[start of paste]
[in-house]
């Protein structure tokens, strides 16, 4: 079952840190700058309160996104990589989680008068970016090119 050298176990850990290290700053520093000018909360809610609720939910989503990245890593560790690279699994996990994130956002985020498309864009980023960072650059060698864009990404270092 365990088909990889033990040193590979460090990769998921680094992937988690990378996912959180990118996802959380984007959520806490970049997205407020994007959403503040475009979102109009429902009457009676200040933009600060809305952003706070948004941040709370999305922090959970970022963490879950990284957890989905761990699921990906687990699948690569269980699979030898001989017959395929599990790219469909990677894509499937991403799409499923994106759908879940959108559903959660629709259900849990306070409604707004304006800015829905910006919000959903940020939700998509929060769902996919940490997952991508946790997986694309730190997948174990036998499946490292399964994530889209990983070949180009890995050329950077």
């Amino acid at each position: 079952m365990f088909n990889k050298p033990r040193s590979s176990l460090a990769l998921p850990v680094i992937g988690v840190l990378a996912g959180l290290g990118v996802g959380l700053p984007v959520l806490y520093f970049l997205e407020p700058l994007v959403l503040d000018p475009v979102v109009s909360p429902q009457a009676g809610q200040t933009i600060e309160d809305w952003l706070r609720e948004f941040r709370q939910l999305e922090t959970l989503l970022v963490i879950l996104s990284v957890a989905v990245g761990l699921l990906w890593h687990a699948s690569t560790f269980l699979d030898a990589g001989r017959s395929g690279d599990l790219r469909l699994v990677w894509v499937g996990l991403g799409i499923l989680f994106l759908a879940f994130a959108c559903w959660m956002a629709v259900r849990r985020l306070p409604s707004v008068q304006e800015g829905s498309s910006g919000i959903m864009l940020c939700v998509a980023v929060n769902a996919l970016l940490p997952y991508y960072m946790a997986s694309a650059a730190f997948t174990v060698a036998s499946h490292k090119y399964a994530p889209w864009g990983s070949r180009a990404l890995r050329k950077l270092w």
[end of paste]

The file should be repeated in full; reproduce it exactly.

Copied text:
[in-house]
């Protein structure tokens, strides 16, 4: 079952840190700058309160996104990589989680008068970016090119 050298176990850990290290700053520093000018909360809610609720939910989503990245890593560790690279699994996990994130956002985020498309864009980023960072650059060698864009990404270092 365990088909990889033990040193590979460090990769998921680094992937988690990378996912959180990118996802959380984007959520806490970049997205407020994007959403503040475009979102109009429902009457009676200040933009600060809305952003706070948004941040709370999305922090959970970022963490879950990284957890989905761990699921990906687990699948690569269980699979030898001989017959395929599990790219469909990677894509499937991403799409499923994106759908879940959108559903959660629709259900849990306070409604707004304006800015829905910006919000959903940020939700998509929060769902996919940490997952991508946790997986694309730190997948174990036998499946490292399964994530889209990983070949180009890995050329950077």
């Amino acid at each position: 079952m365990f088909n990889k050298p033990r040193s590979s176990l460090a990769l998921p850990v680094i992937g988690v840190l990378a996912g959180l290290g990118v996802g959380l700053p984007v959520l806490y520093f970049l997205e407020p700058l994007v959403l503040d000018p475009v979102v109009s909360p429902q009457a009676g809610q200040t933009i600060e309160d809305w952003l706070r609720e948004f941040r709370q939910l999305e922090t959970l989503l970022v963490i879950l996104s990284v957890a989905v990245g761990l699921l990906w890593h687990a699948s690569t560790f269980l699979d030898a990589g001989r017959s395929g690279d599990l790219r469909l699994v990677w894509v499937g996990l991403g799409i499923l989680f994106l759908a879940f994130a959108c559903w959660m956002a629709v259900r849990r985020l306070p409604s707004v008068q304006e800015g829905s498309s910006g919000i959903m864009l940020c939700v998509a980023v929060n769902a996919l970016l940490p997952y991508y960072m946790a997986s694309a650059a730190f997948t174990v060698a036998s499946h490292k090119y399964a994530p889209w864009g990983s070949r180009a990404l890995r050329k950077l270092w």